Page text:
China's virus epicentre pivots to stem imported cases

Jing Xuan TENG
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Travel restrictions have been loosened, with Wuhan's busy train station officially resuming inbound services on Saturday

The ground-zero city of Wuhan is cautiously reopening after a two-month quarantine, but the birthplace of the global coronavirus pandemic is now on guard against a potential new threat: imported cases.

Travel restrictions have been loosened, with Wuhan's busy train station officially resuming inbound services on Saturday and highways reopened as the unprecedented lockdown that kept more than 50 million people across Hubei province housebound is lifted.

That has unleashed a reverse tide of local residents who were stranded elsewhere in China -- where many reported facing ostracism or restrictions on their movements -- and are now flocking back to homes they have not seen for at least 10 weeks.

The returnees -- many arriving by train wearing two face masks, latex gloves and protective suits -- bring with them the potential for a new round of infections, and authorities are taking few chances.

Before leaving Wuhan's station, all passengers are required to register their personal details and travel history before proceeding through temperature checks.

They also must show either a certificate of good health or a "green" rating -- for "safe" -- on a mobile phone app system that has been adopted nationwide and uses big data to track whether a person visited any high-risk areas in China.

Without that, travellers must submit to a nucleic acid test for the virus, an official in Wuhan's Jiangan district told AFP.

Those who report or who are suspected of having travelled abroad recently are sent to a separate registration area, where workers in hazmat suits check their details.

- 'Safer in China' -

"Initially we were more scared and maybe thought it was safer overseas," said Han Li, who is involved in processing returnees to the city.

"But now it doesn't seem this way. It seems it might be safer within China."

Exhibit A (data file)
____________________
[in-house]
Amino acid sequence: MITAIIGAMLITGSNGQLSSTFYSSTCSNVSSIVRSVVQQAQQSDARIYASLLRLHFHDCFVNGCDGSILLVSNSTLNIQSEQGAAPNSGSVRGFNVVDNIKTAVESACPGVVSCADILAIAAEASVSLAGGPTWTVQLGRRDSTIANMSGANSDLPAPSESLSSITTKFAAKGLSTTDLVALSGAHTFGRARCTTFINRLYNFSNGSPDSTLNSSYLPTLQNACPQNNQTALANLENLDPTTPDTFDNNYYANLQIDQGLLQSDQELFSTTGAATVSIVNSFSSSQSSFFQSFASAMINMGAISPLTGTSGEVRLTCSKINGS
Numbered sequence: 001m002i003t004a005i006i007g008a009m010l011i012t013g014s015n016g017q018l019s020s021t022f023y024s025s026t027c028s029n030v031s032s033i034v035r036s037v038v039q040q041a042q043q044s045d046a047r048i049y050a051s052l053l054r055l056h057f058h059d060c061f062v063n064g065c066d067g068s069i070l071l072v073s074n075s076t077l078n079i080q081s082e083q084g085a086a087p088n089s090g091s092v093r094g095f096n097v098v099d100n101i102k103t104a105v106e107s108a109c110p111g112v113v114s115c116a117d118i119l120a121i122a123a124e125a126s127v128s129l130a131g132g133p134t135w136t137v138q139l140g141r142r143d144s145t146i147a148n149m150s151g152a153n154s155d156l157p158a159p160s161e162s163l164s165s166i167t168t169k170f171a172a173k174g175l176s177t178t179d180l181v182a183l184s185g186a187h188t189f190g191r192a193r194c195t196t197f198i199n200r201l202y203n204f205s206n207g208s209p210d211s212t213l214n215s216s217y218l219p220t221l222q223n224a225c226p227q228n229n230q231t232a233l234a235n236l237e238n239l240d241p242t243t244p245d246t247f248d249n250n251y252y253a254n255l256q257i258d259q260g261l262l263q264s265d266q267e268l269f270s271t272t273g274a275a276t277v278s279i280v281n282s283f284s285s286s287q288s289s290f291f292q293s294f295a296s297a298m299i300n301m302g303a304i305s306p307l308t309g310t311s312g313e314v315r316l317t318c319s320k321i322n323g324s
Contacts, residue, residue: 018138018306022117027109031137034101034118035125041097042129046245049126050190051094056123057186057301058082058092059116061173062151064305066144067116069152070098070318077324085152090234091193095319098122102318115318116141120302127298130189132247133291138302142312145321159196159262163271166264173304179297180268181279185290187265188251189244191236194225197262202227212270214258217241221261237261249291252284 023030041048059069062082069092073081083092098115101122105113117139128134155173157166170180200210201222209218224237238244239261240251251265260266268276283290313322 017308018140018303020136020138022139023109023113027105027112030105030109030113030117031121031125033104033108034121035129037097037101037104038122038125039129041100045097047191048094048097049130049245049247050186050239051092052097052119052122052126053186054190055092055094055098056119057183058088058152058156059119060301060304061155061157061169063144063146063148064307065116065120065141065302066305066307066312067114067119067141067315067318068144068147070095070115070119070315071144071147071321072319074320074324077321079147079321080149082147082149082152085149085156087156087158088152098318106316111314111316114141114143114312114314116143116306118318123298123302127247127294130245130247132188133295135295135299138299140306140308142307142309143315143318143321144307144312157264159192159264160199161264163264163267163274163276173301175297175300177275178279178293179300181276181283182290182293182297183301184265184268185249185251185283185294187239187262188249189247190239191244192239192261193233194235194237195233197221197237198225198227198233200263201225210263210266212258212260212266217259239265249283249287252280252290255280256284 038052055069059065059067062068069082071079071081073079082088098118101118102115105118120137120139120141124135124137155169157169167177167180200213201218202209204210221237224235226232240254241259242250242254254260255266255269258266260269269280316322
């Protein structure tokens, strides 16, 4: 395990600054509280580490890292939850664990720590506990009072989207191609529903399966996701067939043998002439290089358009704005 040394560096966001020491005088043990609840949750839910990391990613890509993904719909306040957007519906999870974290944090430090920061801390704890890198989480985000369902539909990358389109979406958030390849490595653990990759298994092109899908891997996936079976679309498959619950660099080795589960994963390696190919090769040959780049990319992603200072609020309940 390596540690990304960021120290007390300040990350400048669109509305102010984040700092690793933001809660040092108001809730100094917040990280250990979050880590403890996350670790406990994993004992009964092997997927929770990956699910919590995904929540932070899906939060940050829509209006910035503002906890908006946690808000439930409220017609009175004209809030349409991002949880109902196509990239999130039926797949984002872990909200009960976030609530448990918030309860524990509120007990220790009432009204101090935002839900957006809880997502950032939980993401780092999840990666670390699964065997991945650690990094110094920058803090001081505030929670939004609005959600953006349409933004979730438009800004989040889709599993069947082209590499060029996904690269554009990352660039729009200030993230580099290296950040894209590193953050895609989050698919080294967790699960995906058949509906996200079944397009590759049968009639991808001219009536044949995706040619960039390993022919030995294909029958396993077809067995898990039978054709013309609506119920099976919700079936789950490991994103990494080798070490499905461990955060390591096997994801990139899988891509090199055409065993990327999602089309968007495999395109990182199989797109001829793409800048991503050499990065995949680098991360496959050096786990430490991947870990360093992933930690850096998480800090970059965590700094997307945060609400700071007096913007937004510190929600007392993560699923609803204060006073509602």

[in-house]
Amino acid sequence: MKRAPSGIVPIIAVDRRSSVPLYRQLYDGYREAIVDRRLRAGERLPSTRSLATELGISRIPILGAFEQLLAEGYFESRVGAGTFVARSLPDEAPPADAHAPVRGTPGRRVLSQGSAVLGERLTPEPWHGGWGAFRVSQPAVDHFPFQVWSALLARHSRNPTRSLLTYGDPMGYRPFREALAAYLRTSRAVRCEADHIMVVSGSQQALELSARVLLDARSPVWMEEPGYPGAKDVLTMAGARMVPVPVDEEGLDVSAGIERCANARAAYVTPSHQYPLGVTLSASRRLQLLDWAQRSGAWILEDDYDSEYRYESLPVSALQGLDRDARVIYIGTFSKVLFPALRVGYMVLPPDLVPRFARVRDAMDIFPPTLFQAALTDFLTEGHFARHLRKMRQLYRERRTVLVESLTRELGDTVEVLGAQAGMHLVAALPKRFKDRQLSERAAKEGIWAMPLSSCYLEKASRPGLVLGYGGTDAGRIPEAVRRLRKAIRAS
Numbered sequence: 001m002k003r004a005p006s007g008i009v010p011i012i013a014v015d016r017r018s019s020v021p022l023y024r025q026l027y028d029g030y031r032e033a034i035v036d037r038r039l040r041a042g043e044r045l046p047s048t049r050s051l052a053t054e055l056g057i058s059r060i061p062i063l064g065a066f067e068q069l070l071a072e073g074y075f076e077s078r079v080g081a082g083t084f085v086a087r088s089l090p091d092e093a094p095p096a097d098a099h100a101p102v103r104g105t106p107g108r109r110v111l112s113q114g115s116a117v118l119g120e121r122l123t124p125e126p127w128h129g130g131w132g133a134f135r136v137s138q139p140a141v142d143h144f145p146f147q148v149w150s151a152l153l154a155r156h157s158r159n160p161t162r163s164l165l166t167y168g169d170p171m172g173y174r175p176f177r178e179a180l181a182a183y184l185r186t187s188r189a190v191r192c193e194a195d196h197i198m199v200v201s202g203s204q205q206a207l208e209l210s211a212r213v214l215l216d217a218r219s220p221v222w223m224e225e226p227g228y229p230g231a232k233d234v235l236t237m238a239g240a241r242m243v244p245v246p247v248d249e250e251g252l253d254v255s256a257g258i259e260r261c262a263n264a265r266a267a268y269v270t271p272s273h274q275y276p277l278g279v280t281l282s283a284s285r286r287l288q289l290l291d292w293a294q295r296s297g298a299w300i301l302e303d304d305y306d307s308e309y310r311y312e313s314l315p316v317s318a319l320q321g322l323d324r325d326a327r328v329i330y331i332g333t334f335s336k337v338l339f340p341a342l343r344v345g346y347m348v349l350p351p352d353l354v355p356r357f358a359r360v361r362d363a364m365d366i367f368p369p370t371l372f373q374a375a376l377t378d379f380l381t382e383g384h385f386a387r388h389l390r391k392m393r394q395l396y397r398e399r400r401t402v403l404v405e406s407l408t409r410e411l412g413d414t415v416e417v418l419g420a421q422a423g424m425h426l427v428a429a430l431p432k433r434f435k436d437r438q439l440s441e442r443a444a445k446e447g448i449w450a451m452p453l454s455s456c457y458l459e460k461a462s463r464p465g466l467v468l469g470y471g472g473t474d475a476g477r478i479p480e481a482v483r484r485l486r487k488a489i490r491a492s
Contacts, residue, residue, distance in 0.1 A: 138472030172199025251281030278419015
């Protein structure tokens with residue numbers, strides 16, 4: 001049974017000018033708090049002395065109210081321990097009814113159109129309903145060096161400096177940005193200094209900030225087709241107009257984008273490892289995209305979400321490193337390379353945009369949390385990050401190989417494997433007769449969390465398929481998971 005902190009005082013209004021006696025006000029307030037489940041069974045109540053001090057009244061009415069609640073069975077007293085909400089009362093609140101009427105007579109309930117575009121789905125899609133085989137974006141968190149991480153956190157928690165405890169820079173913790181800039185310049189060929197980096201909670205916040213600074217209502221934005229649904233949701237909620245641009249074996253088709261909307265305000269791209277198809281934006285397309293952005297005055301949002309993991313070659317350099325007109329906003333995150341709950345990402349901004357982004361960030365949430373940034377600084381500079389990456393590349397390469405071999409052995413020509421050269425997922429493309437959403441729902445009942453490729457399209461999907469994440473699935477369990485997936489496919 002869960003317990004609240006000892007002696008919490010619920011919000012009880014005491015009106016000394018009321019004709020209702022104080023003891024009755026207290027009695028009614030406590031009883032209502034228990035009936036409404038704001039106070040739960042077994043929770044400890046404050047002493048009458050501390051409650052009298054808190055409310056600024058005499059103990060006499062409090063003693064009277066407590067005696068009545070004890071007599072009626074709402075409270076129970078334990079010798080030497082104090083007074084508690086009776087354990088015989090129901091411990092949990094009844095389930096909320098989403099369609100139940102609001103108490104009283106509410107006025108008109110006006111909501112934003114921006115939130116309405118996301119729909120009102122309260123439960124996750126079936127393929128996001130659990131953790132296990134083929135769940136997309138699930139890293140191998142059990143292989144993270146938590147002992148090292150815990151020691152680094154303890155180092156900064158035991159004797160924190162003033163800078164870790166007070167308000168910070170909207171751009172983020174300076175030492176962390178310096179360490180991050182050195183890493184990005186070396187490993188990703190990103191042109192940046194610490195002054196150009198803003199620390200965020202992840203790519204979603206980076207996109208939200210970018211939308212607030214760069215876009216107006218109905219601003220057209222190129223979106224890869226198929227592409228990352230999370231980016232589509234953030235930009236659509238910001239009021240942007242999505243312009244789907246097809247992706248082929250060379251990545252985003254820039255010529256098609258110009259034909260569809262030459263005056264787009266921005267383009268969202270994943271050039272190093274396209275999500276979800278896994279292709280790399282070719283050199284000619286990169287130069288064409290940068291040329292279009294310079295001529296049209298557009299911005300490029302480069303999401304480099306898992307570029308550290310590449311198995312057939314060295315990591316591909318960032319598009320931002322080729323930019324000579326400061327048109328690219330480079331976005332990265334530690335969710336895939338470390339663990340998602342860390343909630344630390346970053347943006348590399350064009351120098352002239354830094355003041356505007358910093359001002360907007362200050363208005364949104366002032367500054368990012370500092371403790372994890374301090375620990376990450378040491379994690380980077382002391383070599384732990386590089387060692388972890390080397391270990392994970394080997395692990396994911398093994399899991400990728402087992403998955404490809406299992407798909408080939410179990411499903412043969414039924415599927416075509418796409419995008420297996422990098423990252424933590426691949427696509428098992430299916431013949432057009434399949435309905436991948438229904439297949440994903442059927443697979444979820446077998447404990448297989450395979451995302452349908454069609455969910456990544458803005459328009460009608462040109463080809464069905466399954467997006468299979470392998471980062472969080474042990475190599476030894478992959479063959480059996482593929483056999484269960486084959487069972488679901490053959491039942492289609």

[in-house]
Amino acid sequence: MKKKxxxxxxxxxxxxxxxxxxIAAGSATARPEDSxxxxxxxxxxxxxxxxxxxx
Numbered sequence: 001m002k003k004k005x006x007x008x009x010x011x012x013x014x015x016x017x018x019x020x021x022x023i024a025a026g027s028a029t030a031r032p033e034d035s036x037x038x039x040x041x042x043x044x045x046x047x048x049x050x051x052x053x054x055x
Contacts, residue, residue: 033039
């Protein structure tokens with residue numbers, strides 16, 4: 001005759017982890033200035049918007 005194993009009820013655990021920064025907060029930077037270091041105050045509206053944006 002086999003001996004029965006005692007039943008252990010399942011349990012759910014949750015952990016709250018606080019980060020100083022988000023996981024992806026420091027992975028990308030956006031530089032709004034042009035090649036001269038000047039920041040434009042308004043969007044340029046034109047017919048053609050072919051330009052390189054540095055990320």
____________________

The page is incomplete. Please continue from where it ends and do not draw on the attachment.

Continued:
China claims success in suppressing the virus, with official figures now routinely showing no new domestic infections.

In Wuhan, which at the peak of the crisis recorded thousands of fresh cases daily, that has dropped to zero.

But with the United States, Europe and other regions now struggling with their own outbreaks, China is reporting dozens of imported cases each day, and has shifted the focus of its prevention effort to the external threat.

China took the dramatic step of announcing Thursday a cut in the number of international flights to just one route per week to and from each country, limiting the passenger capacity of flights to 75 percent, and imposing a ban on most foreigners entering China, even those with valid residence visas.

Underlining the risks to Wuhan, huge numbers of passengers have crowded onto trains and buses to return home, threatening to swamp the traumatised city's containment measures.

In the nearby city of Huanggang, several hotels remain closed, diners are still forbidden to eat inside restaurants, with only take-out offered, while signs hanging in the streets warn of the continued threat.

"Gathering to play cards is suicide," said one roadside banner.

- No vacancy -

On Saturday, a district health worker in Wuhan pried open the glass doors of a shuttered hotel that was previously used to quarantine suspected COVID-19 patients, in order to set up a virus-testing site.

AFP reporters who arrived recently in the city were among those told they must take the test, conducted in a make-shift manner while seated on a plastic stool outside the hotel entrance as a health worker took throat swabs.

The test subjects included a local woman whom the health worker said was a recovered COVID-19 patient.

Staff at multiple international hotels in the city told AFP that no foreigners were allowed to book rooms due to the ongoing pandemic.

At least one hotel said foreign guests must have proof that they had completed a two-week quarantine, even if they had stayed in China since before the outbreak.

"Things are more tightly controlled now," a hotel receptionist told AFP.

Wuhan's measures are similar to those imposed by local governments elsewhere in China, with many provinces requiring international arrivals to isolate themselves at home or in designated quarantine facilities for 14 days.

Restrictions on residents heading out of Wuhan will not be lifted until April 8, when the airport will also reopen for domestic flights.

A study this week found the lockdown in Wuhan had succeeded in containing the virus, but cautioned against opening up the city too soon.